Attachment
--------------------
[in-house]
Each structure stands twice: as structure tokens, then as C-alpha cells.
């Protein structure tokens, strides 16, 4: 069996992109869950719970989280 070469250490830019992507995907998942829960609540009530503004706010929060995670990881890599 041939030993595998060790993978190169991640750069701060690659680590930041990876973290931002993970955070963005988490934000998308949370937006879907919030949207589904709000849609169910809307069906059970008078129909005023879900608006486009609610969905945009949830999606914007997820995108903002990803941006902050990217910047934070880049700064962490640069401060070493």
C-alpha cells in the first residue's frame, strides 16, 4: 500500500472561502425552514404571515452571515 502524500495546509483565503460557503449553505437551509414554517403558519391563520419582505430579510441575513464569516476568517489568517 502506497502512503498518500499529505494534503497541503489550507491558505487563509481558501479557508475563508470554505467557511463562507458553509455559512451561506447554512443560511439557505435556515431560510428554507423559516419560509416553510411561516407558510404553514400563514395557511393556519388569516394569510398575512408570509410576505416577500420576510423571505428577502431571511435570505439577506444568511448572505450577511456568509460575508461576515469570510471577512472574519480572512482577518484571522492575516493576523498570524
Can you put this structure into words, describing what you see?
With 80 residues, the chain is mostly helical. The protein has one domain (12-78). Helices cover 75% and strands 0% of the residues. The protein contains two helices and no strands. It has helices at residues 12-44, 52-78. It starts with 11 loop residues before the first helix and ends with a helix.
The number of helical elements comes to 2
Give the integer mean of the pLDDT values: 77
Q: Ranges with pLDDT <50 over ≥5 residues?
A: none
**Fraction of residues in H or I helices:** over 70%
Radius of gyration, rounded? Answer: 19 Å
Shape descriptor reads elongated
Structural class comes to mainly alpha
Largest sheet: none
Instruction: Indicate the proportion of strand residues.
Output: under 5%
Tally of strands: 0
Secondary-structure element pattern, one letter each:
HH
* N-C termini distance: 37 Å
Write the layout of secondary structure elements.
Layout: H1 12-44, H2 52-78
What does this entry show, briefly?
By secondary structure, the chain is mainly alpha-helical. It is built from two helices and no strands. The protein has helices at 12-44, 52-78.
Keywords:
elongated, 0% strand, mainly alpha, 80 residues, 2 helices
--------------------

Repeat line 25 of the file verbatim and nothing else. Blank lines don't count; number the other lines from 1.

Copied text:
By secondary structure, the chain is mainly alpha-helical. It is built from two helices and no strands. The protein has helices at 12-44, 52-78.